As I goggled at that post for a while it occurred to me what an auto mechanic would do if the first step in the repair manual under the heading “Engine Won’t Start” is “Start the engine”. I’m pretty sure in that situation step two is: Go out of business. I suspect the auto mechanic would get another manual. Well, folks, I tried. There is no other manual. Most of this is a magic black box, and I get the feeling even the people who make the boxes don’t really know what happens inside. As an example, there are some oddly named files in one of the restore partitions named starting with an ! and ending .VRP. For fun, see if you can find out what those files do or why they are there.
Since the angry Queen wants her computer, I didn’t try any harder to find out how you’d accomplish this via Windows only. Maybe there is a way, I don’t know. I put in the Knoppix disk, booted it to the root shell and repartitioned the disk. Took about five minutes, all but 10 seconds of that was waiting for the DVD to boot.
Now when I put in the install disk, it boots from the DVD. It asks me if I want to format the disk. And then the install begins. I’m still wondering how you fix a dead computer if all you have is the Windows disks. My advice: burn yourself a Knoppix disk too. Knoppix makes it easier to install Windows. Face palm plant. Is there a word for irony that goes in both directions?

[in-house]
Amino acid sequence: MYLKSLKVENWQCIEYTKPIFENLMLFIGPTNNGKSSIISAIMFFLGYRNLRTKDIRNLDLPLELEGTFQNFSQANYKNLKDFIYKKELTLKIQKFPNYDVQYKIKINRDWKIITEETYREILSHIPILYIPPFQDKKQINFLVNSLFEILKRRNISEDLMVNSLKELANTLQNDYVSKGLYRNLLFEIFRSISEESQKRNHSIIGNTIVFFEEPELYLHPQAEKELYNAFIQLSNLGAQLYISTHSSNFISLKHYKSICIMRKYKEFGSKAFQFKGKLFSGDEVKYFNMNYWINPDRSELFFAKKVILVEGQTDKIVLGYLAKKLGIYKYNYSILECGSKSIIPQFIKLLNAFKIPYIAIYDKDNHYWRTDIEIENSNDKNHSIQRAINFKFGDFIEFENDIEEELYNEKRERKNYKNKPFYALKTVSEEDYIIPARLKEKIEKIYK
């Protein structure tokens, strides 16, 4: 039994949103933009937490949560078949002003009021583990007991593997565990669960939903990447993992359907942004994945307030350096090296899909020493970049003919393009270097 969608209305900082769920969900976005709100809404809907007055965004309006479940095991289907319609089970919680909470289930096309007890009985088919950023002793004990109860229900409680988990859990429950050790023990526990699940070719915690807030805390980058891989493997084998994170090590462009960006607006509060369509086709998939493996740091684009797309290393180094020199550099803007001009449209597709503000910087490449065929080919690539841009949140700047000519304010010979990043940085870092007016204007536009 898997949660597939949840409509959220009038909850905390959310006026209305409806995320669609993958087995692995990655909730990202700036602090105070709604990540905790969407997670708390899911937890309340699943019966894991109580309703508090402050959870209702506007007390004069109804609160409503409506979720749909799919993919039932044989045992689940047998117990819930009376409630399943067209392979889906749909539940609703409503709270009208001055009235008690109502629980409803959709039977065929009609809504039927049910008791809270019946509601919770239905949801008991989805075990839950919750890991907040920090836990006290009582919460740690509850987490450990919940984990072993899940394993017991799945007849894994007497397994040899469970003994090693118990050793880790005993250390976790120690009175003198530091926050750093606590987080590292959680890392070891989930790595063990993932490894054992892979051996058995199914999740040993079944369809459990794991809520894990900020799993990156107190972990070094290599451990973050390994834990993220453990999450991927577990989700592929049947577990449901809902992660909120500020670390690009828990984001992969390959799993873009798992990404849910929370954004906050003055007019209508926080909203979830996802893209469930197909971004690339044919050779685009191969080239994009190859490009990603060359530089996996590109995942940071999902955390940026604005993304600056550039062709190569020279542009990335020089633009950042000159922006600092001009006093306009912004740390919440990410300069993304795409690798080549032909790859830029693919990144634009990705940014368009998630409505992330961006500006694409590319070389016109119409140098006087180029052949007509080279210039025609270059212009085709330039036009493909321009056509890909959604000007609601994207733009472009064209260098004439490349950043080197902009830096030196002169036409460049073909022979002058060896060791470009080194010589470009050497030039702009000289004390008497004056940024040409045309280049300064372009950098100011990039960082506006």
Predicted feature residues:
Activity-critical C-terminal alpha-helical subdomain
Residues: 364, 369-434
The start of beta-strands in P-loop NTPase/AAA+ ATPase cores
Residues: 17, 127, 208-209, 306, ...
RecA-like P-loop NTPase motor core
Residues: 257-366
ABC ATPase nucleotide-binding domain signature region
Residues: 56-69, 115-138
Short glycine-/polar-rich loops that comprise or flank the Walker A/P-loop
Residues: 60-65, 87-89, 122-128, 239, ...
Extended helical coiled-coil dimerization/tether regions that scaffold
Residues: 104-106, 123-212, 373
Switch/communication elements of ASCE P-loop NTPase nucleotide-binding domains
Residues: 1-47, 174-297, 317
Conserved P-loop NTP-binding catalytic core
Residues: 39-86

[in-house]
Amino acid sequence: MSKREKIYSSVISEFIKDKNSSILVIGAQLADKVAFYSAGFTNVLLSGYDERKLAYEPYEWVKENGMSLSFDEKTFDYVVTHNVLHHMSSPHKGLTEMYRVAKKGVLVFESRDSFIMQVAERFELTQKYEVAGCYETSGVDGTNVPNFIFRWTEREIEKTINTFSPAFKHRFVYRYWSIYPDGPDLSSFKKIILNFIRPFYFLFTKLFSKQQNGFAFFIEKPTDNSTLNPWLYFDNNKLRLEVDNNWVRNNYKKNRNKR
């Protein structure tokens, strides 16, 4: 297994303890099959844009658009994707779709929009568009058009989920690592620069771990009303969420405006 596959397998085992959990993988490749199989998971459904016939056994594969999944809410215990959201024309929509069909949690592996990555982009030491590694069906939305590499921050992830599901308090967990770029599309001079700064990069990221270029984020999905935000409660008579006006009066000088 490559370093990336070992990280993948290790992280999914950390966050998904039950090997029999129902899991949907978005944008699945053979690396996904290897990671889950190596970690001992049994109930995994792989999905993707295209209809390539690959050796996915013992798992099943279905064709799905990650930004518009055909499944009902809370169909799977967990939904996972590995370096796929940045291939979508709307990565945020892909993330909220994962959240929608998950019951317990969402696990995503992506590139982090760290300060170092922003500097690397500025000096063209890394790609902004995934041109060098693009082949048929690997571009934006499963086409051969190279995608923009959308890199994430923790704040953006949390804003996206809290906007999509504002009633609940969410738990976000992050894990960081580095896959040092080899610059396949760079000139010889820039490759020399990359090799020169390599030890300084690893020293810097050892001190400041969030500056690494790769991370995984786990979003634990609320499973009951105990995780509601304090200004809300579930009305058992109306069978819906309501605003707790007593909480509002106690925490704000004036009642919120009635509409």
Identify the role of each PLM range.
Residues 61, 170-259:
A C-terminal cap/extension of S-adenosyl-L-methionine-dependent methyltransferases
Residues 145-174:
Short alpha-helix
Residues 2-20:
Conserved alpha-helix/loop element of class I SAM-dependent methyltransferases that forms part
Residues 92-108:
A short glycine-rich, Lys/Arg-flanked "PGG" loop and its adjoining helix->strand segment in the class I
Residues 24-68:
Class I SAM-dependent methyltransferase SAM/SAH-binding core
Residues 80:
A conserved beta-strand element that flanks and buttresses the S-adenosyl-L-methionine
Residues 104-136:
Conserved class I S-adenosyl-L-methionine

My work machines (Yes, I have an XP box, can’t play Pirate 101 without it.) run Gentoo. I like Gentoo, which probably means I’m quite insane. Gentoo is a great way to learn how to use Linux. It’s a lot like learning how to speak Spanish by going to a seedy Mexican bar and having a surly guy hit you with a pool cue till you learn how to say, “Please stop hitting me with that pool cue, sir.” in Spanish.